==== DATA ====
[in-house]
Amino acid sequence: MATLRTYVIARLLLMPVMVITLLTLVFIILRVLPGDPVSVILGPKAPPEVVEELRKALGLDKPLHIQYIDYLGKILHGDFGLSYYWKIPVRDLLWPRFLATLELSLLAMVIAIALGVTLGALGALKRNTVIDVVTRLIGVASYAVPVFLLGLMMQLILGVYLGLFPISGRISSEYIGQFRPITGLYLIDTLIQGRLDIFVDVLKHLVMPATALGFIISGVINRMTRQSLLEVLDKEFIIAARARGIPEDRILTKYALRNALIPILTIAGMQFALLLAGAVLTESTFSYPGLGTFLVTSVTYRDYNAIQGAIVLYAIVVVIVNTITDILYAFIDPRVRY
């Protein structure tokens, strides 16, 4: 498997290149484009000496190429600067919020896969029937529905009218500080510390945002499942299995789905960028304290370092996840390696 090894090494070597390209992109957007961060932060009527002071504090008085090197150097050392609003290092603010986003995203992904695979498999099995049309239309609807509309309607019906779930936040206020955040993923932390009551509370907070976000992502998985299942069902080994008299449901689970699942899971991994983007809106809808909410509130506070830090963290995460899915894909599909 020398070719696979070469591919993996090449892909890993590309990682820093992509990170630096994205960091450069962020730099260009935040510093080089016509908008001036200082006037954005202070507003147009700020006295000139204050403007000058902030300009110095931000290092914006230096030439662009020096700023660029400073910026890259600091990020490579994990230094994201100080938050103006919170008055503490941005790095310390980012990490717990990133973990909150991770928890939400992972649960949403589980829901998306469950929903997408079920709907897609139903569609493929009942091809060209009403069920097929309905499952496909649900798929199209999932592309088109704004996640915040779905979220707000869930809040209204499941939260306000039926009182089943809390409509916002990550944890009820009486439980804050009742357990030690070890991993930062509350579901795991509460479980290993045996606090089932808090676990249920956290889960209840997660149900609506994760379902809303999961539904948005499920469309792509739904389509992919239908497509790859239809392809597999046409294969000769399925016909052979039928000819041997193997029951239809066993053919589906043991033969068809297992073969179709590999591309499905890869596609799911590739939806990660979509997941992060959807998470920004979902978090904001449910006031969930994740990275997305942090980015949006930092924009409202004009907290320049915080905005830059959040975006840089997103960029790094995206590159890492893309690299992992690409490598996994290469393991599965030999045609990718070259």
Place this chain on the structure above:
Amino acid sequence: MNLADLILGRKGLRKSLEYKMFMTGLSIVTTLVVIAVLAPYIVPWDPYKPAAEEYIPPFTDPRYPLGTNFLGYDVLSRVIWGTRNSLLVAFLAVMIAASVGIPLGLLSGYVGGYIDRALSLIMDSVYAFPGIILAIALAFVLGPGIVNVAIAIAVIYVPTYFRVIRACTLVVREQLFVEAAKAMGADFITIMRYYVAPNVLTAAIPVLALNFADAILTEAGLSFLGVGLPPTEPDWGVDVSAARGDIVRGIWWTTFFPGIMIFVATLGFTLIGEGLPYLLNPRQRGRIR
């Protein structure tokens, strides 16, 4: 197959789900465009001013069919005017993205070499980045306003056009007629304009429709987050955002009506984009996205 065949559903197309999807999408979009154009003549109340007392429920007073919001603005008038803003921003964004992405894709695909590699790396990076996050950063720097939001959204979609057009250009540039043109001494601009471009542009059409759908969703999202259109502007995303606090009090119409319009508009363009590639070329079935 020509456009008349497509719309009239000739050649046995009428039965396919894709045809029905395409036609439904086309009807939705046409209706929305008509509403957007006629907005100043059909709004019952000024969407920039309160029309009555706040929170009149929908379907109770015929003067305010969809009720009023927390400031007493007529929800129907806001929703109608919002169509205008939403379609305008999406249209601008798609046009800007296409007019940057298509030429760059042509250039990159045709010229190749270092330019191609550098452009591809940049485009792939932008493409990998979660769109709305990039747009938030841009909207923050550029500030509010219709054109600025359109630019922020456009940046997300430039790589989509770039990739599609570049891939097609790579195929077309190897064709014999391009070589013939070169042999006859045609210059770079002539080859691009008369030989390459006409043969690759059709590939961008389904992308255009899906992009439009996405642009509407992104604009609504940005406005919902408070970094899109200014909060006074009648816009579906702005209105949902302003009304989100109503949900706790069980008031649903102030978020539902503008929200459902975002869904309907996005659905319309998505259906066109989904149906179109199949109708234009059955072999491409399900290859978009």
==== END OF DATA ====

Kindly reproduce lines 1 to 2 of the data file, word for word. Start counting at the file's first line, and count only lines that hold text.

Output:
[in-house]
Amino acid sequence: MATLRTYVIARLLLMPVMVITLLTLVFIILRVLPGDPVSVILGPKAPPEVVEELRKALGLDKPLHIQYIDYLGKILHGDFGLSYYWKIPVRDLLWPRFLATLELSLLAMVIAIALGVTLGALGALKRNTVIDVVTRLIGVASYAVPVFLLGLMMQLILGVYLGLFPISGRISSEYIGQFRPITGLYLIDTLIQGRLDIFVDVLKHLVMPATALGFIISGVINRMTRQSLLEVLDKEFIIAARARGIPEDRILTKYALRNALIPILTIAGMQFALLLAGAVLTESTFSYPGLGTFLVTSVTYRDYNAIQGAIVLYAIVVVIVNTITDILYAFIDPRVRY